To give a concrete example of this situation, we can think of the current so-called measurement problem. Previous, I explained that one can avoid any issues related to the measurement problem and the enigma of quantum collapse by resorting to the many-worlds interpretation. This choice enforces the principle of minimalism by selecting the simplest interpretation. Thereby, we are getting rid of the unnecessary clutter of quantum collapse.

This example is somewhat beyond science, because the interpretations of quantum mechanics is not (currently?) a scientific topic. However, there are other examples where we can also apply the minimalist principle. Perhaps I’ll write about that some other day.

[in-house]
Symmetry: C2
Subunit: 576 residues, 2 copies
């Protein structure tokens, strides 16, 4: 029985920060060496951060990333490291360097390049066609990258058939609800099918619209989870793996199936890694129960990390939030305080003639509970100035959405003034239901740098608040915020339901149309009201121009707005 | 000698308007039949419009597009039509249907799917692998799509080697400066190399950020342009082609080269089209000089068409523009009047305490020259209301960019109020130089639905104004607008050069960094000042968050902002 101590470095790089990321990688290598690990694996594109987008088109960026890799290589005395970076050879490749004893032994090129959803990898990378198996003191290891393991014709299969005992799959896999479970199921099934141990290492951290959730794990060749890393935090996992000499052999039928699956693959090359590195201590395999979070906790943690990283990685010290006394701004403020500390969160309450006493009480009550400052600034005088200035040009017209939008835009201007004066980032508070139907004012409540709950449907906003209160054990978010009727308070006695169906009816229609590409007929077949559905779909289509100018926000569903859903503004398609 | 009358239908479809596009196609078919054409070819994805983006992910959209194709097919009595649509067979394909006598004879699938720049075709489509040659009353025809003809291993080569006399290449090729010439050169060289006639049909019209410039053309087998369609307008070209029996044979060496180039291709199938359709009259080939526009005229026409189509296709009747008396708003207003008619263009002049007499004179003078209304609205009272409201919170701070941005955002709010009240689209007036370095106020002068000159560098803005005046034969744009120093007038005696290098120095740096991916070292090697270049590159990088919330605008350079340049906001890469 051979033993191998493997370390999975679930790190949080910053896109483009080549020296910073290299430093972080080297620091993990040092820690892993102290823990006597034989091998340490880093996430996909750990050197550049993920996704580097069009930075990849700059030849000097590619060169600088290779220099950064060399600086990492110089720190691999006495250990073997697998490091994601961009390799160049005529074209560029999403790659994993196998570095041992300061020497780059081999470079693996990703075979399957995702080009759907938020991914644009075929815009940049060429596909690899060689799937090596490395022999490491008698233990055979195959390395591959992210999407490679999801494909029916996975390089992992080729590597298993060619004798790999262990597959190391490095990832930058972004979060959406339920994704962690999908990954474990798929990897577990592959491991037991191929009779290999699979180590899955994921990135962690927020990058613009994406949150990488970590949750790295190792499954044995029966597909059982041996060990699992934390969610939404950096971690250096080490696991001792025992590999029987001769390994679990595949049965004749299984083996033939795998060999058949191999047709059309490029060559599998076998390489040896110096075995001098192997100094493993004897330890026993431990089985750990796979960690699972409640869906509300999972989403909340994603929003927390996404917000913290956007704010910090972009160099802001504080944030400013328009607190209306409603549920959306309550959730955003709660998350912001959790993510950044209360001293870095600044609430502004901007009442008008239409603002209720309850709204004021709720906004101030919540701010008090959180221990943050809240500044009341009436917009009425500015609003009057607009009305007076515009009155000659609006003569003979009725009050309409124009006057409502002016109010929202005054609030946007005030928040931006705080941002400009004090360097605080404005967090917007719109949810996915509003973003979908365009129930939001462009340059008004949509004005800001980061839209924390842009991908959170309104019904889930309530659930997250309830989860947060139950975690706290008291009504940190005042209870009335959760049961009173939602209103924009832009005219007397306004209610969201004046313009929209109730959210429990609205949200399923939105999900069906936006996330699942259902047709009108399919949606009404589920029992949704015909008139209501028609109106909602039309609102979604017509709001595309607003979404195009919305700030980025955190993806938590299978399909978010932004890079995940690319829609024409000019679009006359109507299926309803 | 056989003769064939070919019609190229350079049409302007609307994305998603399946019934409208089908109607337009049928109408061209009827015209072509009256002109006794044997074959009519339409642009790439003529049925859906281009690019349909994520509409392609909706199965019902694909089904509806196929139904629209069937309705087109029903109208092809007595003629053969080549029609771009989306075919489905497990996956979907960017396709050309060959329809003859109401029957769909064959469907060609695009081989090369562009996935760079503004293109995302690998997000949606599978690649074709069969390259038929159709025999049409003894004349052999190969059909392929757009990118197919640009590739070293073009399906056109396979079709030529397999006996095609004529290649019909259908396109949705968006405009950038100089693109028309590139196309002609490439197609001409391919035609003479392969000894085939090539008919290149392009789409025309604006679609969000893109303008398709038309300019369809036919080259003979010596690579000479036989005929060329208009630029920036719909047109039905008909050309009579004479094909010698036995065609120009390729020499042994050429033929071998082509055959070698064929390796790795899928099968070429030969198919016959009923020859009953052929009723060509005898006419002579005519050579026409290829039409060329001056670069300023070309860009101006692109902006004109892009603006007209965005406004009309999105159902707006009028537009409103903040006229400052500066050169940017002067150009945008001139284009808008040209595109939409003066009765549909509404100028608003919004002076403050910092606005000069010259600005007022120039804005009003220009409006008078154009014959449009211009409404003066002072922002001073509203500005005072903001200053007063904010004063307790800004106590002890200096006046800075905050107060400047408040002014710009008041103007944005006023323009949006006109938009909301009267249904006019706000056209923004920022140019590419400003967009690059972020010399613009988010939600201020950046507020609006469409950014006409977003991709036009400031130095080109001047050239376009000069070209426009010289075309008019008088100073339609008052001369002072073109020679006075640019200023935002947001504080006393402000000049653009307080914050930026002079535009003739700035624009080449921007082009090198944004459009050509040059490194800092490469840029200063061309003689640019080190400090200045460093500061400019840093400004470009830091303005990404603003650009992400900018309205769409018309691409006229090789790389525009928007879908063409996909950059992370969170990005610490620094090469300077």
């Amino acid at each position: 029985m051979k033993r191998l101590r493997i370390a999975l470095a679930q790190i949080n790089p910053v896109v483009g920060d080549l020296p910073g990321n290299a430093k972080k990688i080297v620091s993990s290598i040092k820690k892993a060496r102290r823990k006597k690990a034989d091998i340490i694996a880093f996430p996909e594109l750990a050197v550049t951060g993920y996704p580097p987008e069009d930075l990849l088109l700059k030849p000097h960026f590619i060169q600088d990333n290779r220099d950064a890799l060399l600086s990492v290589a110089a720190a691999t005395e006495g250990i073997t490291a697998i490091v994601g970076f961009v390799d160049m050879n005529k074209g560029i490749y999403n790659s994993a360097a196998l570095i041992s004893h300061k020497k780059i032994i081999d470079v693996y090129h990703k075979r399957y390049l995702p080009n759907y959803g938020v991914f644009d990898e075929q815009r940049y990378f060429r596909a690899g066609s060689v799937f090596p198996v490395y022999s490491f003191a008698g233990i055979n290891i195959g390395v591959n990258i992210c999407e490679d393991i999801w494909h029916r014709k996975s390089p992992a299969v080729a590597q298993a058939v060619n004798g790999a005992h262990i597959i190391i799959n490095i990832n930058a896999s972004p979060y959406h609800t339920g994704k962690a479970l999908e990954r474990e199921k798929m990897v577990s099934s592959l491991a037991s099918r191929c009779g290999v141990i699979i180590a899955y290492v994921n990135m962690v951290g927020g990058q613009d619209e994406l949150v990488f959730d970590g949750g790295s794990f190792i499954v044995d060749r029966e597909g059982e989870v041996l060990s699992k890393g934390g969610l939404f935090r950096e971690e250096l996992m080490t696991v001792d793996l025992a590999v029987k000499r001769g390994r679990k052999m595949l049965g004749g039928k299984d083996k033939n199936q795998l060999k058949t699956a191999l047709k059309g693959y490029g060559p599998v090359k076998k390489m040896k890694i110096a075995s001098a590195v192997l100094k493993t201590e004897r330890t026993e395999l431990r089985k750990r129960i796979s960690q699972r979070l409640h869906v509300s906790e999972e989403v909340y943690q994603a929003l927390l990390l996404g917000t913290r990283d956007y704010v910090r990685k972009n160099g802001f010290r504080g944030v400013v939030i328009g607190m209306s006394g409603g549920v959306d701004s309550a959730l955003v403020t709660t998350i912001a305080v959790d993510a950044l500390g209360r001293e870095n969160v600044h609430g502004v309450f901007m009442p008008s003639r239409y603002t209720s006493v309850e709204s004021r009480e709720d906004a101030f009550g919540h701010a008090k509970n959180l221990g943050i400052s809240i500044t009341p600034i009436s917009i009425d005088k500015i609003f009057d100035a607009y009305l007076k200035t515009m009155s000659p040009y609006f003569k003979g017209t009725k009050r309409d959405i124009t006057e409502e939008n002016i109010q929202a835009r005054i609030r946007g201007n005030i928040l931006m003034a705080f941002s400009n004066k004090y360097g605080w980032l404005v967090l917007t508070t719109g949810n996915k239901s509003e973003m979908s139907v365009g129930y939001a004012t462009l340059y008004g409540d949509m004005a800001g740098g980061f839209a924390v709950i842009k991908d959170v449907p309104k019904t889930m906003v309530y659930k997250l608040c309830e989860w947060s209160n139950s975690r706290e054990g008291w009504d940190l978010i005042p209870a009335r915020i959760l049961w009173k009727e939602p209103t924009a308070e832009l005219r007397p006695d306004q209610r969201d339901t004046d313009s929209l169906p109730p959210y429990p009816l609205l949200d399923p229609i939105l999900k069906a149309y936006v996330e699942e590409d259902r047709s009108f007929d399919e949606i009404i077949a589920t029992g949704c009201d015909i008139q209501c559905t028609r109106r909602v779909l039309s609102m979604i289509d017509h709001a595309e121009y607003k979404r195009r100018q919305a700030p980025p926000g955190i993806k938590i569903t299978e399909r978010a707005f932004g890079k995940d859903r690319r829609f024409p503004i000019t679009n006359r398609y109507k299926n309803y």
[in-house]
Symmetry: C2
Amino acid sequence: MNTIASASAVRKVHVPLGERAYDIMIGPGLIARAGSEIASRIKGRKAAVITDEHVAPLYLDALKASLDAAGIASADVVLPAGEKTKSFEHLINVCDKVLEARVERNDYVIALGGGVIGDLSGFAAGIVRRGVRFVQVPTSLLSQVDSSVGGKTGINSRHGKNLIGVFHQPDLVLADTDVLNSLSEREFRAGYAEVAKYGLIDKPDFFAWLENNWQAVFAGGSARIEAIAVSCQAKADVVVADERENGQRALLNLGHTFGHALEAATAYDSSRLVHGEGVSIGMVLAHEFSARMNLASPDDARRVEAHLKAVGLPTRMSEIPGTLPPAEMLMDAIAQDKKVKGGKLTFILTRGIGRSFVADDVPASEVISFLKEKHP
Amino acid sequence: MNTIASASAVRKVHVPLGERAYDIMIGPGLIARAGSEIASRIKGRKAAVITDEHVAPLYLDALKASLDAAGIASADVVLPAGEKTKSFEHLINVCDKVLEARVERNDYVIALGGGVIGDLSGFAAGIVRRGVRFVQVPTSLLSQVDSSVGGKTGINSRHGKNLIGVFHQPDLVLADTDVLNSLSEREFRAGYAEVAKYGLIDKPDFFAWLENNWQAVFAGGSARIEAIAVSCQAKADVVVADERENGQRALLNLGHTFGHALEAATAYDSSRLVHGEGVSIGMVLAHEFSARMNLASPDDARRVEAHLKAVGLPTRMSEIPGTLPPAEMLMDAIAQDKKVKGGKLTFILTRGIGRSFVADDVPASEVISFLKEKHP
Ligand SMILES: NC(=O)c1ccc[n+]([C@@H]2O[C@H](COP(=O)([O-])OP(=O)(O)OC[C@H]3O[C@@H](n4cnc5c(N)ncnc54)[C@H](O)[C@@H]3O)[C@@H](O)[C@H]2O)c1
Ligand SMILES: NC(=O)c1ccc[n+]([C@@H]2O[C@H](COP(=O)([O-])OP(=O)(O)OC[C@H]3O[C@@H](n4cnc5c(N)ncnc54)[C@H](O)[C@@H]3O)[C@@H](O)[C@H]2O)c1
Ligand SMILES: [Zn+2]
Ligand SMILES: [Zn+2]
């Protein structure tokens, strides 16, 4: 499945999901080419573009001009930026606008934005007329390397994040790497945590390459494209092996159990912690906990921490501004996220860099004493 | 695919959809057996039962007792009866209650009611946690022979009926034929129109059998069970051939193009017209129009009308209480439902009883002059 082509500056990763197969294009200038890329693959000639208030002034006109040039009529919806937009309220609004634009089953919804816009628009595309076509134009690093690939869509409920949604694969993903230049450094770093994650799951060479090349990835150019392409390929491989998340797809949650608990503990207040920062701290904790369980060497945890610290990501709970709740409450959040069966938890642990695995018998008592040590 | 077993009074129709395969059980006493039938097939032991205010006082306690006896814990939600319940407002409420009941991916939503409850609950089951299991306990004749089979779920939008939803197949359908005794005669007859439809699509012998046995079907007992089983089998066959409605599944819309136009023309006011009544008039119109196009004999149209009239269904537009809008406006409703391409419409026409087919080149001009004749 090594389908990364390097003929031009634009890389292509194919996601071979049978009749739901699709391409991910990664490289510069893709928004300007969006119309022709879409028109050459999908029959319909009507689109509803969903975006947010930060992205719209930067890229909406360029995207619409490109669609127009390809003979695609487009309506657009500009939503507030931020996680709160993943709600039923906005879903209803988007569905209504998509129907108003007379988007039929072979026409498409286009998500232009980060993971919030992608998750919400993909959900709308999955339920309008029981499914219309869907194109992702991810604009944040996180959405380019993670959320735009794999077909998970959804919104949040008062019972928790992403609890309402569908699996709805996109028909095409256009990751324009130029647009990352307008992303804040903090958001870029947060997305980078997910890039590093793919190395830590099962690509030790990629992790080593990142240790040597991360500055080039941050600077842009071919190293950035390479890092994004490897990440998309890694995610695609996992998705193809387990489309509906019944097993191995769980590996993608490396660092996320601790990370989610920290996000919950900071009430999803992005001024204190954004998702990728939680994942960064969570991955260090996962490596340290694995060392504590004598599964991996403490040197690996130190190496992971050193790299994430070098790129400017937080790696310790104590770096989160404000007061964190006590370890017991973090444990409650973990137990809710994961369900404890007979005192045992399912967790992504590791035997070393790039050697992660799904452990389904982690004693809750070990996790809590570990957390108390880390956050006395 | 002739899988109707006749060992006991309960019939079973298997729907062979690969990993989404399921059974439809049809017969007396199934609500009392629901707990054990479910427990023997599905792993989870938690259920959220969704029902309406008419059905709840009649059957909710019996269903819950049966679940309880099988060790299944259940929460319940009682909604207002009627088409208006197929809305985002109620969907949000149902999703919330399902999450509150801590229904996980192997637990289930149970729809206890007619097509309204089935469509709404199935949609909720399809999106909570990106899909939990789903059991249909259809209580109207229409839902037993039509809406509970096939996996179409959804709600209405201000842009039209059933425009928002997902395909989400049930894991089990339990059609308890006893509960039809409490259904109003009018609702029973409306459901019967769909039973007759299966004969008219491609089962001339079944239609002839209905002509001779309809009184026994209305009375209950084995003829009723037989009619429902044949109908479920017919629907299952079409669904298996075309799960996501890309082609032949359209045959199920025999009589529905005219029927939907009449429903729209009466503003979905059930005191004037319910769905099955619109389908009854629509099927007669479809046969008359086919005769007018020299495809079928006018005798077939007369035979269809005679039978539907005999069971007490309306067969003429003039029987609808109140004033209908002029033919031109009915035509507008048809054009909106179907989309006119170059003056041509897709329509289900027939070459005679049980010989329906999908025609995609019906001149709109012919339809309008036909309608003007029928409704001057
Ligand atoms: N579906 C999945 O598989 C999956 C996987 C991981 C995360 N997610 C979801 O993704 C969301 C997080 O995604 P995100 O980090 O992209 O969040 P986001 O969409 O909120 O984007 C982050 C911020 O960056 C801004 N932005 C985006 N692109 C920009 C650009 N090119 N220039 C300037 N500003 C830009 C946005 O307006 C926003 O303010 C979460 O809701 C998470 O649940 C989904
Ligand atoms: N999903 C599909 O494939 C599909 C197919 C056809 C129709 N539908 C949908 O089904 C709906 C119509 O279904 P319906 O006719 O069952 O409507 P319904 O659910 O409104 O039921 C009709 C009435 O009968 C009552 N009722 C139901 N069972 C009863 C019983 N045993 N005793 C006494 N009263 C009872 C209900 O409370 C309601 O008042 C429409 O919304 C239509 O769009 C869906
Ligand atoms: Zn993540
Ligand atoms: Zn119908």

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Transcending the impasse, part I

The current impasse in fundamental physics stifles progress. The rate of advances in our understand has slowed down. Although several exotic predictions have been made in recent years, none of these seem to be correct. Have we reached the end of our ability to learn more about the universe we live in?

It has been suggested that the way forward is to go back and fix what is wrong. Is there then something wrong with what we’ve learned before? Apparently yes. We are biased by what we think we know. It misleads us to conjure up theories that cannot work.

How is this possible? Would such misconceptions not have been ruled out by experimental observation? That’s the problem. Much of what we think we know never got tested by experimental observations.